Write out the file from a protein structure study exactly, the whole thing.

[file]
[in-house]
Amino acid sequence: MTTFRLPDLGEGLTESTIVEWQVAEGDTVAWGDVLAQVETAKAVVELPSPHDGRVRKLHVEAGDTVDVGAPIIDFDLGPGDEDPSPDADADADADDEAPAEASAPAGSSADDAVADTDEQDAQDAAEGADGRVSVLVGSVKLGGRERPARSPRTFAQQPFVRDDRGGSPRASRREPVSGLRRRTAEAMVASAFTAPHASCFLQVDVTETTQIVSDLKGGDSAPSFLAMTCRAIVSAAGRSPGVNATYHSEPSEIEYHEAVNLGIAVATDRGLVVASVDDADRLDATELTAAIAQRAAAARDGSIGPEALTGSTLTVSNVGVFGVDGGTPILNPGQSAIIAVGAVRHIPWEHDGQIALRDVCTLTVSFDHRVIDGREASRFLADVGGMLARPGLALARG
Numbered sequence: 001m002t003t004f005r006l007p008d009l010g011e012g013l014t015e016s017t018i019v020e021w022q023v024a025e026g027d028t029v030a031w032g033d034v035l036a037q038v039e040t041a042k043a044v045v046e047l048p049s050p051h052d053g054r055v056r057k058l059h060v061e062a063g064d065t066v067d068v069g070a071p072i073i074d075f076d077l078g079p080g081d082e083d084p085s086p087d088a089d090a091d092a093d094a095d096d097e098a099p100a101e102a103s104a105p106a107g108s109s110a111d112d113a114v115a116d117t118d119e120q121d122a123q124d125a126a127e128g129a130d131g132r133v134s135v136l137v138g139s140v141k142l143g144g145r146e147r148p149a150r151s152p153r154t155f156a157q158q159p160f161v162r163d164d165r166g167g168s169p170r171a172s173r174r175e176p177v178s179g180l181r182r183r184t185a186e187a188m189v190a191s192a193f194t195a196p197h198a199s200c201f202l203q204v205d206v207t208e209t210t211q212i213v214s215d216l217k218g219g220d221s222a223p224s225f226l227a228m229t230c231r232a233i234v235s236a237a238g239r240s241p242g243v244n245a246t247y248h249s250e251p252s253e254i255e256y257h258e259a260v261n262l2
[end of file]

[in-house]
Amino acid sequence: MTTFRLPDLGEGLTESTIVEWQVAEGDTVAWGDVLAQVETAKAVVELPSPHDGRVRKLHVEAGDTVDVGAPIIDFDLGPGDEDPSPDADADADADDEAPAEASAPAGSSADDAVADTDEQDAQDAAEGADGRVSVLVGSVKLGGRERPARSPRTFAQQPFVRDDRGGSPRASRREPVSGLRRRTAEAMVASAFTAPHASCFLQVDVTETTQIVSDLKGGDSAPSFLAMTCRAIVSAAGRSPGVNATYHSEPSEIEYHEAVNLGIAVATDRGLVVASVDDADRLDATELTAAIAQRAAAARDGSIGPEALTGSTLTVSNVGVFGVDGGTPILNPGQSAIIAVGAVRHIPWEHDGQIALRDVCTLTVSFDHRVIDGREASRFLADVGGMLARPGLALARG
Numbered sequence: 001m002t003t004f005r006l007p008d009l010g011e012g013l014t015e016s017t018i019v020e021w022q023v024a025e026g027d028t029v030a031w032g033d034v035l036a037q038v039e040t041a042k043a044v045v046e047l048p049s050p051h052d053g054r055v056r057k058l059h060v061e062a063g064d065t066v067d068v069g070a071p072i073i074d075f076d077l078g079p080g081d082e083d084p085s086p087d088a089d090a091d092a093d094a095d096d097e098a099p100a101e102a103s104a105p106a107g108s109s110a111d112d113a114v115a116d117t118d119e120q121d122a123q124d125a126a127e128g129a130d131g132r133v134s135v136l137v138g139s140v141k142l143g144g145r146e147r148p149a150r151s152p153r154t155f156a157q158q159p160f161v162r163d164d165r166g167g168s169p170r171a172s173r174r175e176p177v178s179g180l181r182r183r184t185a186e187a188m189v190a191s192a193f194t195a196p197h198a199s200c201f202l203q204v205d206v207t208e209t210t211q212i213v214s215d216l217k218g219g220d221s222a223p224s225f226l227a228m229t230c231r232a233i234v235s236a237a238g239r240s241p242g243v244n245a246t247y248h249s250e251p252s253e254i255e256y257h258e259a260v261n262l2